Regarding free of charge or low-cost accommodation, the Government had amended the act of social welfare to prevent so-called “poverty businesses”.
The Policy Commission was preparing the next basic plan for persons with disabilities, scrutinising policies on persons with disabilities one by one.
Budget related to welfare services had been increased three times to 14 billion dollars. Hospitalisation costs was subsidised.
Persons with disabilities needed to apply to local Governments to use mobility support. The Government provided subsidies for the development of assistive devices.
Courts could dismiss applications for divorce of persons with disabilities, taking into account all circumstances. In judicial practice, divorces were only granted in cases when specific measures for the subsequent medical treatment and life of the person with a mental illness were facilitated.
Considering the importance of making students understand the significance of the flag and anthem, including those of other countries, and fostering an attitude to respect these, teaching about the national flag and anthem to students was implemented in schools. Reasonable accommodation was necessary, especially for children with physical disability. It was also necessary to encourage children without disabilities to understand reasonable accommodation.
The Government aimed to improve reasonable accommodation measures in schools. Those receiving support in inclusive education settings had doubled in recent years. An increasing number of children with hearing or visual impediments were opting to attend inclusive education.
The personal information law required that businesses obtained consent before collecting data on persons with disabilities, and there were rules governing the handling of such information. For the My Number system, security measures were in place to prevent the leaking of personal information. All persons were able to access their own personal information that the Government collected in this system.
Persons with parental authority had the right to choose the place of residence of their children. Parental authority could be suspended based on the best interests of children, and was not suspended on the basis of disability. In the case of divorce, parental authority was determined in the family court.
There were 169 cases of abuse of funds by guardians in 2021. In the case of misconduct, guardianship could be possibly stripped under the Japanese Civil Code.. There were legal provisions to protect the savings of persons under guardianship.
Since 2019, the Government had surveyed the status of efforts by local governments on employment of persons with disabilities, and measures were implemented in response to the results of these surveys. To assist the employment of persons with disabilities, facilities should be arranged based on the characteristics of the disability.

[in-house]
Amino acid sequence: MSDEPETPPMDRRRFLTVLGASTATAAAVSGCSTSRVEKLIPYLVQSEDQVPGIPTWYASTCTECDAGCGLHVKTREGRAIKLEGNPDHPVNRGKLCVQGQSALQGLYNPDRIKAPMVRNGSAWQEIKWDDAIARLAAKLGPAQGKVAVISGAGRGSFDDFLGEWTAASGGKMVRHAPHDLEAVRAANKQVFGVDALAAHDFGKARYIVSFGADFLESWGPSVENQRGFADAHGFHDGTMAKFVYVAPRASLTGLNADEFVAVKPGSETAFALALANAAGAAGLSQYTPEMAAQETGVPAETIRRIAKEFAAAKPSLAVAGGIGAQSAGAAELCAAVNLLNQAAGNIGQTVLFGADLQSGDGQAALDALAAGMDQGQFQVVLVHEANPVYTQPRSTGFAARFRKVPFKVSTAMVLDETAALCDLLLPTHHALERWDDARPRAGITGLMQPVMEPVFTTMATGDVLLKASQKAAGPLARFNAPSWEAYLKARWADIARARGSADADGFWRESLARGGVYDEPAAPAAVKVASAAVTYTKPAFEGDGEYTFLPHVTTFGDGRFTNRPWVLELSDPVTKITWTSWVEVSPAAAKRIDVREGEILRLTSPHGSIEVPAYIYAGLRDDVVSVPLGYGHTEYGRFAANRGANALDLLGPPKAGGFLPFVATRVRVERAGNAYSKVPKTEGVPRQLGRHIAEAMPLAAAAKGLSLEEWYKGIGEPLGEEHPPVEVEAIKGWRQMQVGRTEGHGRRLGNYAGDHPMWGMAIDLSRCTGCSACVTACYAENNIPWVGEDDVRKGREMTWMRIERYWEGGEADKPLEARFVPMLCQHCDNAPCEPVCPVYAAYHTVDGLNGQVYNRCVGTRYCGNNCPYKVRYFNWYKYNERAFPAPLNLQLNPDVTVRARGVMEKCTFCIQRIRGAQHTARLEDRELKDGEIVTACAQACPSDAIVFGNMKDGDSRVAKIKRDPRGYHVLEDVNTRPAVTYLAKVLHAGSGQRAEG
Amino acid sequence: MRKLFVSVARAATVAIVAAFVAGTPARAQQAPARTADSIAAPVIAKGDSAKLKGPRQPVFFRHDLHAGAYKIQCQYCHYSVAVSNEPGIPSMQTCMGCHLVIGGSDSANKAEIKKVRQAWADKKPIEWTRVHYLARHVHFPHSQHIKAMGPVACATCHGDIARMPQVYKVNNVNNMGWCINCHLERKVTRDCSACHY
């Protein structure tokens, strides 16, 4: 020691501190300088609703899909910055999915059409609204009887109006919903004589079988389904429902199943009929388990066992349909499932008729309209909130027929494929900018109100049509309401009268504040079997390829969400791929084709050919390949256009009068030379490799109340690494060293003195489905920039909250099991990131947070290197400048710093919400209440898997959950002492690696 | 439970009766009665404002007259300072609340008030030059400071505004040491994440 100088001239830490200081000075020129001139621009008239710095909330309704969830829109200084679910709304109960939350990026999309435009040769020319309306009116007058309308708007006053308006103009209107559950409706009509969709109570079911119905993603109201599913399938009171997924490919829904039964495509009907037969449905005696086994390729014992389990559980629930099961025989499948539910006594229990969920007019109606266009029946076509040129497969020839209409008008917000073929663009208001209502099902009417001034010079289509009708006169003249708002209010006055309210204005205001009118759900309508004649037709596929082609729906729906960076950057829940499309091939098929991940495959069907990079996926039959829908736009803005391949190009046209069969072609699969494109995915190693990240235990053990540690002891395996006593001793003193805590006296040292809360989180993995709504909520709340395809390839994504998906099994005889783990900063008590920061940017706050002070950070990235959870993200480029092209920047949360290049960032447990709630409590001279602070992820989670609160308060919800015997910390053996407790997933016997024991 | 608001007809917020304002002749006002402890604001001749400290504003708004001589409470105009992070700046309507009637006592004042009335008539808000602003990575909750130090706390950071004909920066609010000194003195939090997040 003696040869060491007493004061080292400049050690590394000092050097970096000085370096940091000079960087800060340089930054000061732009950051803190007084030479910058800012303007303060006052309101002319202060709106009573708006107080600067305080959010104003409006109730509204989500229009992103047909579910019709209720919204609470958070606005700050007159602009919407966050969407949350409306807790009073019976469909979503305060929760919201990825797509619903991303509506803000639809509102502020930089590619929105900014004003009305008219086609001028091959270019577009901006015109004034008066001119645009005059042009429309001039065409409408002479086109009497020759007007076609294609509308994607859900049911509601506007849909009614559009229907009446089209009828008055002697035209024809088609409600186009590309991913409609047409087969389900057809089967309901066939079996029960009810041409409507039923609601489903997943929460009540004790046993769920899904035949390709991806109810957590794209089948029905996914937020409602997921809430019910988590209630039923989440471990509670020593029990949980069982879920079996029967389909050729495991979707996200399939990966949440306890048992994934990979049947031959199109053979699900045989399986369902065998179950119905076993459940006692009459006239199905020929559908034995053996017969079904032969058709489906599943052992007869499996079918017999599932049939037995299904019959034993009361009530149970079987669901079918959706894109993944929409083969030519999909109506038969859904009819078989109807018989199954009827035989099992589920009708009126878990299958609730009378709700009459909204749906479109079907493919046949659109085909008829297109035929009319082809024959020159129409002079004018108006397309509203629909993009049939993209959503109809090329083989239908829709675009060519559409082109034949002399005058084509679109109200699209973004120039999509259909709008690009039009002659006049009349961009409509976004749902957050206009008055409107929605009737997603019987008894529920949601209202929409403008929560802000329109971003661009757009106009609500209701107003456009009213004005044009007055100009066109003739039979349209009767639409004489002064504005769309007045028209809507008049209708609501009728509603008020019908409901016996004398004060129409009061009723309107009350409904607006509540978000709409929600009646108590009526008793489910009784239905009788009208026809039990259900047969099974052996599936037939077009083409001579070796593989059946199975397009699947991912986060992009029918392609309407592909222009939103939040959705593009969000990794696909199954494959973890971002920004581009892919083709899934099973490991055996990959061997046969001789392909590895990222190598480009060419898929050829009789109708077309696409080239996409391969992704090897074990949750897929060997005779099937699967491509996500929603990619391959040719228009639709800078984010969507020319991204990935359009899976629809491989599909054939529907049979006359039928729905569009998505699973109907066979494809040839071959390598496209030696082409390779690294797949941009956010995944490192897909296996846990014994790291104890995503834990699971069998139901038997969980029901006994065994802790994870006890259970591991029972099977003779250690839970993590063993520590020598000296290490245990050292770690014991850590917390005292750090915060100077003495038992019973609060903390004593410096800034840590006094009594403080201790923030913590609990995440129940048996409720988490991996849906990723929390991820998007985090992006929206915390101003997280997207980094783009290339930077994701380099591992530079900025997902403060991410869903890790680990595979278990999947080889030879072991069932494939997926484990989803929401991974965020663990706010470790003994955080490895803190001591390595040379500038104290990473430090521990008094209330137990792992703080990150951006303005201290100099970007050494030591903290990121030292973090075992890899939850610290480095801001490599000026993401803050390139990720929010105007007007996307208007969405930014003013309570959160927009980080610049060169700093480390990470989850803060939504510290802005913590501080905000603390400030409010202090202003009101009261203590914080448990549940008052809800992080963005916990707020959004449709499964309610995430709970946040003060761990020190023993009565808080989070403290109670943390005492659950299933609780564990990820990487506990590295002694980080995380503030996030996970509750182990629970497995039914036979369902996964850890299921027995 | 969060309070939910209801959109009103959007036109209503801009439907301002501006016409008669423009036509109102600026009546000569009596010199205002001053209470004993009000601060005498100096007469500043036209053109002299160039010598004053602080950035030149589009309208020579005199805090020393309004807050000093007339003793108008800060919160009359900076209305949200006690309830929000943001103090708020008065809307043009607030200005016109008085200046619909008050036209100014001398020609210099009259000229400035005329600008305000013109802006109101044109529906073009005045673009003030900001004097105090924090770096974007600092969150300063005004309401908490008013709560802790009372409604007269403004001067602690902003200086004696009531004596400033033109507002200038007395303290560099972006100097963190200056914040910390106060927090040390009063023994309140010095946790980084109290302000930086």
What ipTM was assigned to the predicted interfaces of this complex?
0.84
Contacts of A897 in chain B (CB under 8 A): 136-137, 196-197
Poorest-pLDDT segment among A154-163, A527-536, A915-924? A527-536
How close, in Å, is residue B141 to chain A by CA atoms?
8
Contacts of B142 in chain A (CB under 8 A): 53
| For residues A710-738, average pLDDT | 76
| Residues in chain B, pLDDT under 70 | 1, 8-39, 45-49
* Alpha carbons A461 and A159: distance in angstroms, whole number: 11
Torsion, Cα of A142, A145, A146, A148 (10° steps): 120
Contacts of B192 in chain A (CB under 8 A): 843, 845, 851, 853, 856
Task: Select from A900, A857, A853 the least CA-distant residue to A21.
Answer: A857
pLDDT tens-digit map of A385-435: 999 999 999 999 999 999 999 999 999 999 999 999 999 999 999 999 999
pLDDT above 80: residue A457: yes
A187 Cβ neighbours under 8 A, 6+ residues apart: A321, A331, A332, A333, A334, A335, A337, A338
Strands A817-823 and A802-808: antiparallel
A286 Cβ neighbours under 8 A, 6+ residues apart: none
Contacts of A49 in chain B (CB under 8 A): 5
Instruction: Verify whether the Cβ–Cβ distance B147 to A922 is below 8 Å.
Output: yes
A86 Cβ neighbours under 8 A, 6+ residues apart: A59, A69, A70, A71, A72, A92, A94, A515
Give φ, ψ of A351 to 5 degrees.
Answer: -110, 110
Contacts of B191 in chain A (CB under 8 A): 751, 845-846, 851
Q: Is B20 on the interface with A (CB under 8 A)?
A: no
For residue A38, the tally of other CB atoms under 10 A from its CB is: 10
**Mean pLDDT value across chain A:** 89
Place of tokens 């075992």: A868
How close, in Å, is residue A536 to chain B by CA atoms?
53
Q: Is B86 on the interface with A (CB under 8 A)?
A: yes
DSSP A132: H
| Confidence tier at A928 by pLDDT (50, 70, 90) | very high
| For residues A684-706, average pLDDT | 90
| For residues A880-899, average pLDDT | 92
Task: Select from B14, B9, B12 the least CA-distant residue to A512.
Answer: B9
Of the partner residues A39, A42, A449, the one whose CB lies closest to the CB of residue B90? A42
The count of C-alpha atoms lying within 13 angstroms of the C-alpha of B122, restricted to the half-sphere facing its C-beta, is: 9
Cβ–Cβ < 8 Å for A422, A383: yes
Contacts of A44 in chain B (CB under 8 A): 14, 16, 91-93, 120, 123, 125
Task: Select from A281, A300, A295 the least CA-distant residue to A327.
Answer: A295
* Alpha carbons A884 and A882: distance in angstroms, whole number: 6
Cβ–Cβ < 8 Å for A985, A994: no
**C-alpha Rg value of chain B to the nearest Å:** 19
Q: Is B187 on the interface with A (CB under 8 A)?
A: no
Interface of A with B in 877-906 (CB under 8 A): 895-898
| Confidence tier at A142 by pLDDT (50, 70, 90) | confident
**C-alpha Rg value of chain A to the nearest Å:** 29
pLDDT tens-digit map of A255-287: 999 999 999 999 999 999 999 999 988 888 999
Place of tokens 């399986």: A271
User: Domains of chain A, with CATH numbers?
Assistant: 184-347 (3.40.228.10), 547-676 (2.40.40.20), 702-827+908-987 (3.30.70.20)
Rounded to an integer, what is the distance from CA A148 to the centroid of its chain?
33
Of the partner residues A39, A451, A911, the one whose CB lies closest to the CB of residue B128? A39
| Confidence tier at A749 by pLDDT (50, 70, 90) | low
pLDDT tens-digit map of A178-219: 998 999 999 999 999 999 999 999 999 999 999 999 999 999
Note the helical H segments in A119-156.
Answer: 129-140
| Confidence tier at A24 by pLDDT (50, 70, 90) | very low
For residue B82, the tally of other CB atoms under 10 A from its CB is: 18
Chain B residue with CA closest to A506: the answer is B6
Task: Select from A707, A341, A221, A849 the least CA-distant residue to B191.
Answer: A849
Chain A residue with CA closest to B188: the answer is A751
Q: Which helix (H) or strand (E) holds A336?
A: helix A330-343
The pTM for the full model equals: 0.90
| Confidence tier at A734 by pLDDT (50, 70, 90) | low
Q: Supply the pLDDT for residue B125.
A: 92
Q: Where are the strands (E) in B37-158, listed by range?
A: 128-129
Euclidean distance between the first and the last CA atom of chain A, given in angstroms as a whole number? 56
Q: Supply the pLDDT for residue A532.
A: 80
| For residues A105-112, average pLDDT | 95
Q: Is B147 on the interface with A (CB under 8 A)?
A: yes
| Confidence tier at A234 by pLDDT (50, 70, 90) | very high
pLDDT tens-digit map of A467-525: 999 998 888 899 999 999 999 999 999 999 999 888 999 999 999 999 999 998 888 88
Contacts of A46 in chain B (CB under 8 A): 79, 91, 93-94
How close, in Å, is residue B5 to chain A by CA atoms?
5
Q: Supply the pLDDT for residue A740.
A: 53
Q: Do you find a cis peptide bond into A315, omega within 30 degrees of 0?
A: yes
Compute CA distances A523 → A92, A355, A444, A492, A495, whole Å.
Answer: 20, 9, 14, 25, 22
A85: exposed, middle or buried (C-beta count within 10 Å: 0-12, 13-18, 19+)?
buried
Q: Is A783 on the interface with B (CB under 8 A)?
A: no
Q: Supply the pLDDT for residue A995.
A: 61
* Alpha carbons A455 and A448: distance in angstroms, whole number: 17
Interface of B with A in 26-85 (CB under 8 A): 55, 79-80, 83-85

The legal employment rate was reviewed each five years.
Braille and spoken information were provided on elections, and sign language interpreters and captions were provided for television broadcasts of elections. Proxy persons provided support for persons with disabilities at ballot boxes.
Support services for Diet members with disabilities were funded by the Upper House.
Central and local Governments were required to provide information in accessible formats under legislation. The Government would work to raise the accessibility of website information.
SATOSHI KATAHIRA, Deputy Director-General of the Ministry of Foreign Affairs of Japan and head of the delegation, expressed appreciation for the intensive and comprehensive dialogue.
KOZO HONSEI, Deputy Permanent Representative of Japan to the United Nations Office at Geneva, thanked the Committee for the dialogue. Mr. Honsei was deeply impressed that many people from Japan had visited Geneva to witness the dialogue. The dialogue had provided many valuable take-aways. The State party would next discuss concluding observations with relevant stakeholders, and make full use of them to achieve the full rights of persons with disabilities in Japan.
MIYEON KIM, Committee Expert and Country Co-Rapporteur, thanked the delegation for its cooperation in the dialogue. Important issues had been raised, such as the absence of a procedural remedial act, the lack of legal grounds for reasonable accommodation in various aspects of life, the absence of official recognition of sign language, gender-based violence against persons with disabilities, the absence of a national human rights monitoring system, and ratification of the Optional Protocol, among other issues. The Committee urged the State party to implement the Convention and the Committee’s concluding observations fully. Ms. Kim further urged Japan to continue to improve the rights of persons with disabilities, and to continue to engage in dialogue with civil society organizations. She expressed hope that Japan would become a world leader in upholding the rights of persons with disabilities.
ROSEMARY KAYESS, Committee Chair, said that the wealth of information provided to the Committee had made the dialogue a very worthwhile procedure.